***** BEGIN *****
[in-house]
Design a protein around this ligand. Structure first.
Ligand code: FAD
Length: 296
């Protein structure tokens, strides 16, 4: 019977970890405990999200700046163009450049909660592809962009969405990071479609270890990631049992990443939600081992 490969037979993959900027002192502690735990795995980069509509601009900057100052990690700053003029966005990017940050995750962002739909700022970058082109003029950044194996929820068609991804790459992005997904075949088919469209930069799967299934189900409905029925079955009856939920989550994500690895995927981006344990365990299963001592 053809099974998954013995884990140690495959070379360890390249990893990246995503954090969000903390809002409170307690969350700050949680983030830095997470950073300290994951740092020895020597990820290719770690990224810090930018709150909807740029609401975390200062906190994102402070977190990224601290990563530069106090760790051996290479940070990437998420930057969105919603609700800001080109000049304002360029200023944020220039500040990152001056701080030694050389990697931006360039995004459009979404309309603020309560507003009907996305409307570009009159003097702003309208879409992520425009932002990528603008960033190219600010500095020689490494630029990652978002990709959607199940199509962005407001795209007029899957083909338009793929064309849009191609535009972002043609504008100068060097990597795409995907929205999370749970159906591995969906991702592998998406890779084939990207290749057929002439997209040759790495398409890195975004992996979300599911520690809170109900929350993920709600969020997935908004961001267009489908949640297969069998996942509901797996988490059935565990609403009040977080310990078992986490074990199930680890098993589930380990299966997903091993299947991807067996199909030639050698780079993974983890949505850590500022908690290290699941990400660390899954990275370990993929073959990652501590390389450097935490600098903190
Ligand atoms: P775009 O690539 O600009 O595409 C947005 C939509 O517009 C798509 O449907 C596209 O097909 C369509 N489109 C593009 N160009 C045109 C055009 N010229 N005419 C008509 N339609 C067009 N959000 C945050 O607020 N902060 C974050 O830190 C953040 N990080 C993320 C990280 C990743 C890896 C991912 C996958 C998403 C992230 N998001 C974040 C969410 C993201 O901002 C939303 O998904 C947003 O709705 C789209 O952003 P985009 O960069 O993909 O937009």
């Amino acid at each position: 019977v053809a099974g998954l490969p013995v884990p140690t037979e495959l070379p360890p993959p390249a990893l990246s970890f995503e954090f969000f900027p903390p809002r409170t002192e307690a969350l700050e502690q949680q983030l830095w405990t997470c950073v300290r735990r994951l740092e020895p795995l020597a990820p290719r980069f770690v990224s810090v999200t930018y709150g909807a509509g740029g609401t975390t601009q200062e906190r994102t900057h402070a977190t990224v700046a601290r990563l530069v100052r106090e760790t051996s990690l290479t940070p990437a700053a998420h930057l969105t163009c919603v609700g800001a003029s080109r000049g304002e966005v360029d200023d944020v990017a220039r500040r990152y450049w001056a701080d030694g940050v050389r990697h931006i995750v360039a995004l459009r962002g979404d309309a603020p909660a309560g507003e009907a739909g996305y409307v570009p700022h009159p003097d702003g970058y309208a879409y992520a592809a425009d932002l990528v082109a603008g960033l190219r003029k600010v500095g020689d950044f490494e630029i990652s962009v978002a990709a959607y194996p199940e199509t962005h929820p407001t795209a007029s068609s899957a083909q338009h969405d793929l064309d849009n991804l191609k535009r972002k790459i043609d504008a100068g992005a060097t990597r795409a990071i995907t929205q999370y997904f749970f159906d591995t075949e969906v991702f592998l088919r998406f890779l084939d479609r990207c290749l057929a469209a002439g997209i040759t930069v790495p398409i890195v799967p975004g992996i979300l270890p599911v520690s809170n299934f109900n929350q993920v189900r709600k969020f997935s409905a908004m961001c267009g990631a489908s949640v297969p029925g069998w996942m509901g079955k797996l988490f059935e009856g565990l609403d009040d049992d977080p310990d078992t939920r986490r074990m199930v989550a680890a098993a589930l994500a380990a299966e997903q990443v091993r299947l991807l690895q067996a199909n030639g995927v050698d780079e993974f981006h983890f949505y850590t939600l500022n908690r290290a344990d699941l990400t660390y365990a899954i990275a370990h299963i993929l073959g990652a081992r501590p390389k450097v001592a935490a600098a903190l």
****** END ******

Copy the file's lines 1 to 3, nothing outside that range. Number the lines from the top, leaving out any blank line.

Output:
[in-house]
Design a protein around this ligand. Structure first.
Ligand code: FAD